Rings of Power Season 1 has come to a close, and fans are quickly making their assessments about this newest take on JRR Tolkien’s world. Television and film writers undoubtedly must make creative changes when adapting a book to the screen. Peter Jackson took many liberties with the Lord of the Rings and The Hobbit when making his films; Rings of Power is no different.
The fact Amazon also only got the rights to the Lord of the Rings appendices and not the posthumous works published by Christopher Tolkien from his father’s notes, and writings make the fundamental elements of the history unusable which leads to the 5 biggest changes in Lord of the Rings: Rings of Power.
Timeline of Events Are Much More Condensed
The Second Age, the period in which Rings of Power takes place, lasted well over three thousand years. For the Elves, this is not a problem, for they are veritably immortal, or at the very least, those on Middle Earth live for thousands upon thousands of years. For a point of reference, Galadriel is well over eight thousand years old by the time of Fellowship of the Rings. The human players, however, not so much.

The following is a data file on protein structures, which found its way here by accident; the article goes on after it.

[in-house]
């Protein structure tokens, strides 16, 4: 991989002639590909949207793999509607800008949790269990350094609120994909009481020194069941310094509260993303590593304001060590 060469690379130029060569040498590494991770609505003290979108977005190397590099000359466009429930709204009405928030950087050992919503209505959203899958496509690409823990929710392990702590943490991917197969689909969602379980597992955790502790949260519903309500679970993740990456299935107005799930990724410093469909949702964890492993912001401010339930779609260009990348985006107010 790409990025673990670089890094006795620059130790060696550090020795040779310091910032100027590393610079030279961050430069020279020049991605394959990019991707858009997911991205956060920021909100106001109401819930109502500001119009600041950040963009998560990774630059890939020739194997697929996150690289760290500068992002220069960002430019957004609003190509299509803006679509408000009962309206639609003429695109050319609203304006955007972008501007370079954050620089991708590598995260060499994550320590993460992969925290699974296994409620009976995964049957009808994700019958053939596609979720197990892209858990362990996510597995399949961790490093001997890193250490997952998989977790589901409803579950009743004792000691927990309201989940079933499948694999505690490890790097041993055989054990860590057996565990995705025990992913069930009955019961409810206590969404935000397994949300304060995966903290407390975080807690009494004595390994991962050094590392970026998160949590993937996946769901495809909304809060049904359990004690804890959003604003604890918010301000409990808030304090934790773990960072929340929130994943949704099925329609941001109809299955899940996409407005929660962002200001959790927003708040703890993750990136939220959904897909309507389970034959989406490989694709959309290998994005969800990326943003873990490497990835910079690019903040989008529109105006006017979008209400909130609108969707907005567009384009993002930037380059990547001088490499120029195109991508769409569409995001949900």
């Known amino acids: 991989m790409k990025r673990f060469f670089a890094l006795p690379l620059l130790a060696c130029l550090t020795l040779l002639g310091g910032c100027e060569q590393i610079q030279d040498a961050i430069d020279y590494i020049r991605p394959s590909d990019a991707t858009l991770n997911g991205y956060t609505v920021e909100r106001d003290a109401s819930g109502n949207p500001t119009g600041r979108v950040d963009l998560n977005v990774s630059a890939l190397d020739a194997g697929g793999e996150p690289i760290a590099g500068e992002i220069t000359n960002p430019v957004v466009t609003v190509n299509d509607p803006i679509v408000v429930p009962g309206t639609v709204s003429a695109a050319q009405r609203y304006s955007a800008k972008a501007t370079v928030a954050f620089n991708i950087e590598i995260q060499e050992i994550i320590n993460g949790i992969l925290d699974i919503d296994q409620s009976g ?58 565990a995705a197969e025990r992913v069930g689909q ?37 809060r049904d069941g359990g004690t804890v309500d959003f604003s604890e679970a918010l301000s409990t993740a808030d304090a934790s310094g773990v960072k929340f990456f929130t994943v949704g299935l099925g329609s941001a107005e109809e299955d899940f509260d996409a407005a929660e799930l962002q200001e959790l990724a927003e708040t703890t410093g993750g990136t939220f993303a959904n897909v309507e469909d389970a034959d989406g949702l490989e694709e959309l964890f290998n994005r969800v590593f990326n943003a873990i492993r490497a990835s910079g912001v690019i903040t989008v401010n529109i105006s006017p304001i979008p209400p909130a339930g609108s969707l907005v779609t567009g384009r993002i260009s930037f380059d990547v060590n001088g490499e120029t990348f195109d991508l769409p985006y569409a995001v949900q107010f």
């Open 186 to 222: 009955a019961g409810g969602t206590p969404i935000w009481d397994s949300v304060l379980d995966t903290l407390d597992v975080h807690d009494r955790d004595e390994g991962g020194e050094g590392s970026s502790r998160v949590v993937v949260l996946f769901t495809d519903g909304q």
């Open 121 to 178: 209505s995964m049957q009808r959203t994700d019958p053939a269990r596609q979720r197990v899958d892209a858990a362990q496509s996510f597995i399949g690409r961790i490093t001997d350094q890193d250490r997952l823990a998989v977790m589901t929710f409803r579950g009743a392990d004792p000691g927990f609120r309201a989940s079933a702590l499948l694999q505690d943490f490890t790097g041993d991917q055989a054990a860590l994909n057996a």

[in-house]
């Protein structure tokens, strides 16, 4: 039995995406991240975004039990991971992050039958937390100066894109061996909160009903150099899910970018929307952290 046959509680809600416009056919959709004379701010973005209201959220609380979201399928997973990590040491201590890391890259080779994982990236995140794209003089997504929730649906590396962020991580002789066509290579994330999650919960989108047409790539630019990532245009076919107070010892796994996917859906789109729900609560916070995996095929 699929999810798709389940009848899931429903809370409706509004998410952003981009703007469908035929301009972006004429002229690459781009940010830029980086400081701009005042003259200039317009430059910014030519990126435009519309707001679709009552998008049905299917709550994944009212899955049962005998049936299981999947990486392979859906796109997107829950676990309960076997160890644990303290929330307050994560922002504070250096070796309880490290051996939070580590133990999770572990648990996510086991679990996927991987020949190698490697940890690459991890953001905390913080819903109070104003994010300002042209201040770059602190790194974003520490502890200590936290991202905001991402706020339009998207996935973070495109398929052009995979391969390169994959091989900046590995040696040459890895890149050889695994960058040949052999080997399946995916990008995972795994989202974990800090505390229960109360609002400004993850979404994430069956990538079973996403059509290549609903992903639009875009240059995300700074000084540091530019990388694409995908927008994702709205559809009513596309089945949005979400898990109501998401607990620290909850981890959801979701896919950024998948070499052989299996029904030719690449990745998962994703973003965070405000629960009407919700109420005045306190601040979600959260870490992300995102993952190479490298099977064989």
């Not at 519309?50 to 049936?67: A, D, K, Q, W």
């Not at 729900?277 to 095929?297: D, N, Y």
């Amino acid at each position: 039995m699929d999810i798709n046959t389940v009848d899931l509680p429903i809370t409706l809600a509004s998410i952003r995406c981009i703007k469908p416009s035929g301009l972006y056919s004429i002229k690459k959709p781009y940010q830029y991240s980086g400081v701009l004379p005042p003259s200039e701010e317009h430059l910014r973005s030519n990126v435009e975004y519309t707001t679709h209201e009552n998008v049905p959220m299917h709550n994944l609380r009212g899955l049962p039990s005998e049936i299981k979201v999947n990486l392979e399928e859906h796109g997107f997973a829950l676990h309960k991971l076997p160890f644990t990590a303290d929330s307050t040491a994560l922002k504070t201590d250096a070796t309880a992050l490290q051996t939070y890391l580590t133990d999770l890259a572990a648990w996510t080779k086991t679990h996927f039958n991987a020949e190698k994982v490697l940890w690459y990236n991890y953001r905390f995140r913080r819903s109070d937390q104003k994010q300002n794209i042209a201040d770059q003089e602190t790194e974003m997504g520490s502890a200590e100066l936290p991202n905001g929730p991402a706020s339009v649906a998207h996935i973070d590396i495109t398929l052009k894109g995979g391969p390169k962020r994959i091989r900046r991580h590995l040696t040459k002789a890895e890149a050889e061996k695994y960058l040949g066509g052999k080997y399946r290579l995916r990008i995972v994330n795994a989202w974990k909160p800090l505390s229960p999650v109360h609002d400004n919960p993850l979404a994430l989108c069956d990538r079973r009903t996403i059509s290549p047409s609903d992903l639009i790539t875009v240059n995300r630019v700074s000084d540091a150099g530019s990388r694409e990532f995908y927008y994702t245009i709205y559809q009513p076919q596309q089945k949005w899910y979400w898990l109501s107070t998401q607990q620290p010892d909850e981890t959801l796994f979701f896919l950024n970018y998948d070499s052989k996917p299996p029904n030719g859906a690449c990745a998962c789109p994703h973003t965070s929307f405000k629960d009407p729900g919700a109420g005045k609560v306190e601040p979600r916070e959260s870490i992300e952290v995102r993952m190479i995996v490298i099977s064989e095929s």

Even the Númenorians, who are long-lived compared to the regular humans in Middle Earth, only average 400-500 years of life. All the crucial events that occurred in the Second Age span over those earlier mentioned three thousand years, meaning most of the human characters were not involved in everything or only some things.
If the timeline were not condensed, the show would have to change the human players in the story constantly. But it wasn’t only the human’s lifespans that were of concern; Rings of Power also changed the lives and longevity of Elves. With this change, the show can keep most of the main characters it is introducing and have them play important roles throughout the seasons.
Mithril Has Nothing To Do With the Light of the Elves
In an attempt to hasten the urgency and danger, Rings of Power chose to make the Light of the Elves begin to diminish much sooner, forcing them to choose to either leave Middle Earth or find a way to enhance and lengthen their lifespans. To do this, they linked the Light of the Two Trees of Valinor to mithril, which can provide the Elves a way to endure in Middle Earth.